From the outset, WCS has been committed to the safe and secure handling of the state’s and nation’s low-level radioactive waste (LLRW). Disposal operations at WCS were never conceived, designed nor expected to be a short-term solution for LLRW. Instead, WCS has always aimed to provide a safe, secure, long-term solution for waste disposal while fully protecting the environment. WCS’ greatest ally in this effort is the geology and geography at the disposal site.
The WCS site in Andrews County, Texas was selected due to its location atop a ridge of 600-ft. thick red-bed clay in a relatively remote, semi-arid, sparsely inhabited area of far west Texas, with the nearest residence approximately 3.5 miles to the west in New Mexico and annual rainfall of less than 16 inches. Significant population growth in the immediate vicinity of the WCS site is unlikely because of the nature of land ownership and the lack of any surface water and readily potable groundwater.
The Facts on WCS’ Impact on the Environment:
- During the construction and licensing process over 500 wells and core samples were reviewed by the state; the state has established that at no point does this site affect the Ogallala Aquifer.
- The state has determined the aquifer to be six miles north of the site. Water would have to travel uphill to get to the site.
- The facility is not above or adjacent to any underground drinking water supply.
- Climate change will not cause groundwater to enter the waste disposal units.
- The Texas Compact Disposal Facility and Federal Waste Facility feature the most environmentally protective designs in the industry with below-grade disposal in concrete-lined cells that are constructed inside a natural 600-foot formation of almost impermeable Dockum red-bed clay.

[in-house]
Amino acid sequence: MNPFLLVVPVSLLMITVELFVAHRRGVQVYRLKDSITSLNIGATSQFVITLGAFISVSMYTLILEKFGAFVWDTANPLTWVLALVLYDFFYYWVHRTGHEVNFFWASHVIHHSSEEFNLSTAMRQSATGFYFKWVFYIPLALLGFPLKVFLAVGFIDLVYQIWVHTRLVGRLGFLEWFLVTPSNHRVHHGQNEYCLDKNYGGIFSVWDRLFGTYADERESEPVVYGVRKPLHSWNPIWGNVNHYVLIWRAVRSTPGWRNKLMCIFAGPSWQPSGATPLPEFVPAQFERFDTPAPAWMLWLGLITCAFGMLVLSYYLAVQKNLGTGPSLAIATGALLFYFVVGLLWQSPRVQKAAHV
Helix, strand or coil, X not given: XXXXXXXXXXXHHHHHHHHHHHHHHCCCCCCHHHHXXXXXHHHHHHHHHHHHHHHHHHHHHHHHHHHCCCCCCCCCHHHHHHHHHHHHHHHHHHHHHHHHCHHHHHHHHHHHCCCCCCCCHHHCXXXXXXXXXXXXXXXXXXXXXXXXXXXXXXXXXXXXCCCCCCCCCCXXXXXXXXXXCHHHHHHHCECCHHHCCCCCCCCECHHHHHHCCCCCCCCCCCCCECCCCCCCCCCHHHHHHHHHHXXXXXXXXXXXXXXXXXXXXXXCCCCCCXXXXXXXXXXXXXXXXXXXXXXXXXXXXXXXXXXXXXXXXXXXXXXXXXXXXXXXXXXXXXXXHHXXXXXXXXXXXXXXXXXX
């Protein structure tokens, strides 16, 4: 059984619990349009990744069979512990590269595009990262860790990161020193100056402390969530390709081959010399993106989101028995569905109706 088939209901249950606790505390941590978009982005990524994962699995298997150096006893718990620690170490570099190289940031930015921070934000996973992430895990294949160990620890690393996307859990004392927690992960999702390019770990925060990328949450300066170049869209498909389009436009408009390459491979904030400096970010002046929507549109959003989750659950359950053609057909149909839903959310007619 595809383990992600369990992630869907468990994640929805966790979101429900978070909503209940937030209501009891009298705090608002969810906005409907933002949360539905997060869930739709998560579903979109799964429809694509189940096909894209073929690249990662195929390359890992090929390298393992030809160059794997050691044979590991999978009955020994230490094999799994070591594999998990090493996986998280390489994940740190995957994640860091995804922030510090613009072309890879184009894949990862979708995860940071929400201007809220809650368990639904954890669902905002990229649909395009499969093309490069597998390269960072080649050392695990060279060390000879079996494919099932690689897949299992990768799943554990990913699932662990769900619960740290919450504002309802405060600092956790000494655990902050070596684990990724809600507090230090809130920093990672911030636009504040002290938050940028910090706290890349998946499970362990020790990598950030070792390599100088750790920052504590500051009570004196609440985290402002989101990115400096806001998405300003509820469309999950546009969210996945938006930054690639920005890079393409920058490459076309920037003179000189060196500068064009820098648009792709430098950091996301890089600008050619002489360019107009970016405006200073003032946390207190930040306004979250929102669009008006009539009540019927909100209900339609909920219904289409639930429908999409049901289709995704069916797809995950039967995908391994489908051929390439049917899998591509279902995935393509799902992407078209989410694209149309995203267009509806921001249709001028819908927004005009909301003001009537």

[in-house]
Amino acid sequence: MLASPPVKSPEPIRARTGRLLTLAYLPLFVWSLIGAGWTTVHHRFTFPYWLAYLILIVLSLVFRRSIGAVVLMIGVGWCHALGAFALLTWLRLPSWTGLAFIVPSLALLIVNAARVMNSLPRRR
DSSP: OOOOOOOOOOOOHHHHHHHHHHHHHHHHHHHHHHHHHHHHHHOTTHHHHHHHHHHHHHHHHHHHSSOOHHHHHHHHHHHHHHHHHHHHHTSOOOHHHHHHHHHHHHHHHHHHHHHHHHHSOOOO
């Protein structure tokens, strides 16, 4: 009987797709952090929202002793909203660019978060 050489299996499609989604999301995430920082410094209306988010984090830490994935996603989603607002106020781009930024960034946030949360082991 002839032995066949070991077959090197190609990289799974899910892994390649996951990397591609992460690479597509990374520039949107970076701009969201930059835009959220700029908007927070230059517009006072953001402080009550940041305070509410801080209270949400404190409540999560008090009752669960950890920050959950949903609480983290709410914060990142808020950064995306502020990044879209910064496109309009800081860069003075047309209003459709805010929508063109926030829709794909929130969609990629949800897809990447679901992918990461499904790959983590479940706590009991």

- No significant erosion has taken place at the site for the past 60,000 years and there is no reason to expect significant erosion at the site during the next 60,000 years.
- The waste is placed in steel-reinforced concrete containers which sit atop seven feet of a state-of-the-art comprehensive liner system.
The Facts on WCS’ Impact on Local Drinking Water
As a result of this data, the Texas Water Development Board re-mapped the Ogallala Aquifer in late 2006 to definitively show that the aquifer’s boundary does not extend to WCS’ property and to provide a more accurate depiction of the proper location of the aquifer.
The result? Andrews County provides an environmentally safe and secure site for long-term disposal of low-level radioactive waste. In the below video, hydrologist Dr. Robert Holt, discusses how and why this is true.
Waste Control Specialists and the State of Texas spent years sampling, testing and investigating the unique geological characteristics of Andrews County.
United States Congressman Conaway discusses the importance of Waste Control Specialists’ disposal operations from a national perspective.
Waste Control Specialists ofrece una solución para Texas.